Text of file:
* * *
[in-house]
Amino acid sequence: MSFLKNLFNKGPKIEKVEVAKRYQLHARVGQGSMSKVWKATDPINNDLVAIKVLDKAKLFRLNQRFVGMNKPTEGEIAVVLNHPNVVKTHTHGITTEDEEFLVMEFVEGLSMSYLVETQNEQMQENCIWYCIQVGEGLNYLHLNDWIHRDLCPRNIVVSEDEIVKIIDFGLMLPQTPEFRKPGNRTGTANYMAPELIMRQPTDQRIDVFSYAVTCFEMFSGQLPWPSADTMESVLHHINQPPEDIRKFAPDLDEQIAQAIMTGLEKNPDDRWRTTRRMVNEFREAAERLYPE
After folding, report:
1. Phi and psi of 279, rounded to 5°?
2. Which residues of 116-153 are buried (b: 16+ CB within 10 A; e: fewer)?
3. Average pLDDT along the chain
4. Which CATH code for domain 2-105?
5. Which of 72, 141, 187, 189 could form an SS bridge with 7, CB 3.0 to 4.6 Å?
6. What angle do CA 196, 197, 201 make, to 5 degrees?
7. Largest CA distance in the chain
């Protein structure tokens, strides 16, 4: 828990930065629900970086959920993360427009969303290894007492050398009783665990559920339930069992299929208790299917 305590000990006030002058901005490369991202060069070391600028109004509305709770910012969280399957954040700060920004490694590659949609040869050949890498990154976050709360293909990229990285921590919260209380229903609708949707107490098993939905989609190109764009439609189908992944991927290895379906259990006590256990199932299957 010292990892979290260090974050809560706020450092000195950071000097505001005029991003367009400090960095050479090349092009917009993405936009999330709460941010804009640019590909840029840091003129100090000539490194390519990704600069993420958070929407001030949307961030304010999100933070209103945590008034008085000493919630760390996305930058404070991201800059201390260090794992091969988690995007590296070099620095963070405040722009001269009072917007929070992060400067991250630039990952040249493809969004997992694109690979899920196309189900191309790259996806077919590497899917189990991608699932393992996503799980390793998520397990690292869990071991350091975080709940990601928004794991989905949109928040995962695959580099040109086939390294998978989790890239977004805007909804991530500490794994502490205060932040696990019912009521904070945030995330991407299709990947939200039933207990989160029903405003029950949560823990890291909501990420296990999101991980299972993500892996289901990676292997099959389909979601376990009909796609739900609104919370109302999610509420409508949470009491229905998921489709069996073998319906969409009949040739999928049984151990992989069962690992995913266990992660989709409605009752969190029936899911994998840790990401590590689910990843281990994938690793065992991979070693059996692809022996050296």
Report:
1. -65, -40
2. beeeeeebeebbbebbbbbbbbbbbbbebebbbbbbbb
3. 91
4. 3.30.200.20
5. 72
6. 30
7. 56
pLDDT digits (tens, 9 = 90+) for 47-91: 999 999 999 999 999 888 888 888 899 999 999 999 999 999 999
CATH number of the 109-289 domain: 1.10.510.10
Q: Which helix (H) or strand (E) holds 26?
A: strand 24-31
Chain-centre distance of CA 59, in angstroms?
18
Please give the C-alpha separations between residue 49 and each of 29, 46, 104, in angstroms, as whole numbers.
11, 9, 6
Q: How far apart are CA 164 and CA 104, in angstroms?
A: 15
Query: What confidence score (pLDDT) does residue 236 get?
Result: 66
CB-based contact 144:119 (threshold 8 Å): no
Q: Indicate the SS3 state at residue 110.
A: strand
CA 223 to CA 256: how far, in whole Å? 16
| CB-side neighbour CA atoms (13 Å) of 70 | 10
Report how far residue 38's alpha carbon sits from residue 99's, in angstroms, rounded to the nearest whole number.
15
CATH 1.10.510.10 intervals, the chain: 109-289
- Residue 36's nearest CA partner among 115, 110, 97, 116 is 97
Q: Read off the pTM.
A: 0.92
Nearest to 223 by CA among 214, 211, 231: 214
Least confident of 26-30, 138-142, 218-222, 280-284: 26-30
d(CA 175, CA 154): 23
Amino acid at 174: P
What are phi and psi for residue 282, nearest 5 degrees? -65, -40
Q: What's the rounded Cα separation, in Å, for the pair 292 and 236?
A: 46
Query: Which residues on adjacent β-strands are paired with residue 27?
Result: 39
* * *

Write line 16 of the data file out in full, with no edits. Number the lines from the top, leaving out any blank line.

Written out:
4. 3.30.200.20